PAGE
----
So Historians Are Surprised by What DNA Can Tell Us?

Historians in the News
tags: DNA

Pearl Duncan is completing is completing manuscripts for two books, one about the genealogy, adventures and DNA of her ancient, medieval and colonial African, European and American ancestors, and another about the identity, owner and mystery of the 18th-century century merchant cargo World Trade Center ship.

Those of us who have not yet seen the new reports about Richard III should read this commentary about the king’s DNA and what the new discoveries say about history.

 What is most surprising to me however is that historians are surprised at this news and revelations.  Dusty documents reveal what the recorders of history, whether they are family members, royals or politicians, choose to say and to record for posterity.  DNA, however, reveals what may have actually happened.  In the case of ancestry, DNA is now revealing tidbits our ancestors never expected would be revealed and thought they had buried as secrets. 

 When I did the narrative for my book about my ancestors’ DNA and ancestry, whether I was writing about relationships in medieval Ghana, relationships in medieval Scotland, relationships in colonial Jamaica and in Virginia and other parts of the U.S., I found lost and unknown tales that coincided with DNA, and I also found new tales that contradicted the DNA.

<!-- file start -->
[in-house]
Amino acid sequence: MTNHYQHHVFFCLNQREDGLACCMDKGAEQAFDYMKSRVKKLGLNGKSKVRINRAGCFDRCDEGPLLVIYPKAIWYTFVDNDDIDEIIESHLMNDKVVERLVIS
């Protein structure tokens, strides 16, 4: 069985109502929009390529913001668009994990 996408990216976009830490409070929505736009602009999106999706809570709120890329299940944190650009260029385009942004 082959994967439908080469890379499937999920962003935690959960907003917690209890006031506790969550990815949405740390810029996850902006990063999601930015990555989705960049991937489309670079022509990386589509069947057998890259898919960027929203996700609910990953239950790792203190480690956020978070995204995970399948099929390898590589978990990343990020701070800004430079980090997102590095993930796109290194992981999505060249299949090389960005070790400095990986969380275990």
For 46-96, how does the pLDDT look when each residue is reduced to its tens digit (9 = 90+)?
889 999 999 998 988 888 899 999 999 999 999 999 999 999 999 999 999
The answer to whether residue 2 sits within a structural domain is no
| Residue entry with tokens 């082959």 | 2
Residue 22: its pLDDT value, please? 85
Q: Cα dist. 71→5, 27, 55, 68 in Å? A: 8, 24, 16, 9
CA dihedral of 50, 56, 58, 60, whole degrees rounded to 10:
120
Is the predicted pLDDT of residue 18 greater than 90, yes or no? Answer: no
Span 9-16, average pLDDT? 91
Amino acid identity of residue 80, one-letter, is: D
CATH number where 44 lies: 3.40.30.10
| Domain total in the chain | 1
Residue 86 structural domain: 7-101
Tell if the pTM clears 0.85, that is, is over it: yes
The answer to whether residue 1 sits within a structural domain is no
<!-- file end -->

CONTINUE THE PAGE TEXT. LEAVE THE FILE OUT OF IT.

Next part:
For example, because my Scottish ancestors were wealthy nobles who competed for the throne in Scotland and England, they were notorious in ensuring that there was always a male heir, however they had to accomplish this feat. They switched babies, claimed babies that were not theirs, and had relations to ensure that they would have male descendants to carry on the chain of male heirs.  Surprisingly, these shenanigans are known, are discussed, and laughed about.  I’ve had fabulous discussions with the lords, my ancestral Scottish cousins, who know this history. 

 I always tell genealogists that documentary history and genealogy should be confirmed with DNA comparisons, and even then, the results may be limited for some of the people with whom we can do comparisons.  History, as we know it, is evolving, and scientific testing is part of everyday life and part of history.

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